Unless the Lord founds the country
Samuel Johnson once said that any book that we have not read is for us as if it were published yesterday -- The Odyssey, Plato's "Phaedo," More's "Utopia" -- they are all, for a novice, equally fresh and new.
I thought of Johnson's remark when recently I encountered Benjamin Franklin's "celebrated" New Version of the Lord's Prayer, which was unknown to me. When did he write it exactly? The National Archives dates it to 1768, when Franklin was in his 60s, the work of an experienced and wise man.
Franklin's intent in his line-by-line rewriting seems to have been to make the meaning plain, so that it has immediate practical consequences for those who recited it.
For instance, instead of "Our Father which art in Heaven," he says we should begin simply with "Heavenly Father," as this "is more concise, equally expressive, and better modern English." He is right on these points, and we might allow him that "our" is implicit when the prayer is said by many in common.
As regards, "Hallowed be thy name," Franklin says, again correctly, that people have little idea what this means. The Jewish context of a holy proper name which may not even be pronounced (YHWH, "I am") has been lost. Our term "God" is a common noun. His New Version instead has: "May all revere thee."
Franklin does not like "Thy Kingdom come," because of its connection with the theocracy that the Jewish people longed after. His version is: "may all become thy dutiful Children and faithful Subjects" -- a conception which seems not far from that of the "reign of God," favored by many modern exegetes.
He thinks it correct that Luke's language, "forgive us our trespasses," has won out over Matthew's "forgive us our debts," speculating that talk of forgiving debts proved to be "an inconvenient idea in a trading nation!" And yet, he says, to ask God to forgive us our trespasses "as we forgive those who trespass against us" seems presumptuous, as we said, "we'll hope you will be at least as good as we are." On Franklin's rewriting the petition becomes: "Forgive us our trespasses, and enable us likewise to forgive those that offend us."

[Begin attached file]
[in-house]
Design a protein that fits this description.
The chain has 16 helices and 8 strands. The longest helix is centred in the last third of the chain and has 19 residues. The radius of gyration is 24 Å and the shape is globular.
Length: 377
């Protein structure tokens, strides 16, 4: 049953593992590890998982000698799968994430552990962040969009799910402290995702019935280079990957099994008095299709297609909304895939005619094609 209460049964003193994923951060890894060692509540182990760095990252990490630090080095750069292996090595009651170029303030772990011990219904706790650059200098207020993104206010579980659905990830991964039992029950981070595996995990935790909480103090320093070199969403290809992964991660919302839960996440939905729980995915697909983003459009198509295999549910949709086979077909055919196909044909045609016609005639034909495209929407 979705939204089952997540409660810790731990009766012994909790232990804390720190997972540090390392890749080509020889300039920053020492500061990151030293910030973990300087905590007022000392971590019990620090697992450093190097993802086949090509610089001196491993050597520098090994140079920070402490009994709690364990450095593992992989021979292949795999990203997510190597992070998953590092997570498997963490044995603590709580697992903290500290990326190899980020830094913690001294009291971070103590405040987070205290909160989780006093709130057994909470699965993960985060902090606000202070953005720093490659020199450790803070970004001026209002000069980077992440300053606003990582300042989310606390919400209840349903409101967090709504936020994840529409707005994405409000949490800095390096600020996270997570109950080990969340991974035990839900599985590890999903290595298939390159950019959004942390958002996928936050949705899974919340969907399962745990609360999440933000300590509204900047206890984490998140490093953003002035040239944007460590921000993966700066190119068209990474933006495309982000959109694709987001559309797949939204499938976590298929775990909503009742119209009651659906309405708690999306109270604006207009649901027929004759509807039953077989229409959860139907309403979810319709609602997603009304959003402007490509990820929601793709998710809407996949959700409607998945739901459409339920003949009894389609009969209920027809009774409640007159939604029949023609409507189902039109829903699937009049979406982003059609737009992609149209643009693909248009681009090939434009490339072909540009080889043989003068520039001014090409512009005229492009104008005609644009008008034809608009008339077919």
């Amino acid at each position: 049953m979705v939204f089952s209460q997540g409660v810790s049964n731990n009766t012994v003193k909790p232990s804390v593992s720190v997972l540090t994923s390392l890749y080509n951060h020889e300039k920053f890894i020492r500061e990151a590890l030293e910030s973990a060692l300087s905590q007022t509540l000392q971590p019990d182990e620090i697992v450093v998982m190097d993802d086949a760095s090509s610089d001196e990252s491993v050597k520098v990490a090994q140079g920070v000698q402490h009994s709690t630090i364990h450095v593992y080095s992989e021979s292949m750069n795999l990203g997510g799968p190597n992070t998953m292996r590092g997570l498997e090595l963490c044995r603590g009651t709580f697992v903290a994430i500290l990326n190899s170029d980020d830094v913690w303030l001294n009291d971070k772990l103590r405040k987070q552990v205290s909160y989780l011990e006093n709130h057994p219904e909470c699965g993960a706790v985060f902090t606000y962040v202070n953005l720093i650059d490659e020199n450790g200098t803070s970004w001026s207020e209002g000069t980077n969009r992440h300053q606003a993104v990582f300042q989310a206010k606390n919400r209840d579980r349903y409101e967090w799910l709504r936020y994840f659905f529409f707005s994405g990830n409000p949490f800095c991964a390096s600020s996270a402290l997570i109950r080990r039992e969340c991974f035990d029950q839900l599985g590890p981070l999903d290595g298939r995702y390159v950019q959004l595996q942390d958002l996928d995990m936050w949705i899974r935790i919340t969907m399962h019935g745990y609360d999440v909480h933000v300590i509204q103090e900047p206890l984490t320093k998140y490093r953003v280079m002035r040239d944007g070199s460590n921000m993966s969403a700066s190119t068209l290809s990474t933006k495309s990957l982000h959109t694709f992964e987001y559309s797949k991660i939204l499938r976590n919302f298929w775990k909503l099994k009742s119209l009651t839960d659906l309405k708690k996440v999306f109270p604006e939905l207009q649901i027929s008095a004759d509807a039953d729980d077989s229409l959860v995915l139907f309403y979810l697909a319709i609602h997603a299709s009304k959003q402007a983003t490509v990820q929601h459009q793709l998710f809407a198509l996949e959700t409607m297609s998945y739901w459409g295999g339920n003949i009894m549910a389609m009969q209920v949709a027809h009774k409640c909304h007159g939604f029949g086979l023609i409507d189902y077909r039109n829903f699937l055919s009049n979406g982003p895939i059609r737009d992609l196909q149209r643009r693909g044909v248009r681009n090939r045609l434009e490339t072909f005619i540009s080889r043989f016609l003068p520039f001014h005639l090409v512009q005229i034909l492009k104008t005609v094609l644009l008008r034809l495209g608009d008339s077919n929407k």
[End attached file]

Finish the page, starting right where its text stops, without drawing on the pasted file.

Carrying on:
Franklin's New Version here is of course not a good translation of the Lord's words. Yet Franklin's underlying thought seems admirable: the New Version of the petition, he says, "instead of assuming that we have already in and of ourselves the grace of forgiveness, acknowledges our dependence on God, the fountain of mercy, for any share we may have of it, praying that he would communicate of it to us."
Jesus once posed this parable. A father told each of two sons to go out and work in his vineyard: the first said he would and did not go out; the second said he didn't want to but did go out. The second but not the first did the will of his father. In the same way, I myself would prefer to have politicians over me who, like Franklin, wrestled earnestly with the meaning of the Lord's Prayer, rather than talk a good religious talk in "Gospel" language.
About 15 years after Franklin wrote his New Version, he stood up at the Constitutional Convention and rebuked his fellow patriots for having neglected prayer:
"In this situation of this Assembly groping as it were in the dark to find political truth, and scarce able to distinguish it when presented to us, how has it happened, Sir, that we have not hitherto once thought of humbly applying to the Father of lights to illuminate our understandings? In the beginning of the contest with Great Britain, when we were sensible of danger we had daily prayer in this room for the Divine Protection. -- Our prayers, Sir, were heard, and they were graciously answered. All of us who were engaged in the struggle must have observed frequent instances of a Superintending providence in our favor. To that kind providence we owe this happy opportunity of consulting in peace on the means of establishing our future national felicity. And have we now forgotten that powerful friend? Or do we imagine that we no longer need His assistance.
"I have lived, Sir, a long time and the longer I live, the more convincing proofs I see of this truth -- that God governs in the affairs of men. And if a sparrow cannot fall to the ground without his notice, is it probable that an empire can rise without his aid?"
He goes on to quote the Psalmist, "unless the Lord builds the house, they who build it labor in vain," and he predicts disaster without prayer:
"I also believe that without his concurring aid we shall succeed in this political building no better than the Builders of Babel: We shall be divided by our little partial local interests; our projects will be confounded, and we ourselves shall be become a reproach and a bye word down to future age. And what is worse, mankind may hereafter from this unfortunate instance, despair of establishing Governments by Human Wisdom, and leave it to chance, war, and conquest."
A thought, then, as we see a Babel forming before us: before we lament that "liberalism has failed," let us remember that its wisest founder averred, and his compatriots agreed, that America could not have been built, and neither might it be preserved, without prayer.
- Michael Pakaluk, an Aristotle scholar and Ordinarius of the Pontifical Academy of St. Thomas Aquinas, is a professor in the Busch School of Business at the Catholic University of America. He lives in Hyattsville, MD, with his wife Catherine, also a professor at the Busch School, and their eight children. His latest book is "Mary's Voice in the Gospel of John" available from Amazon.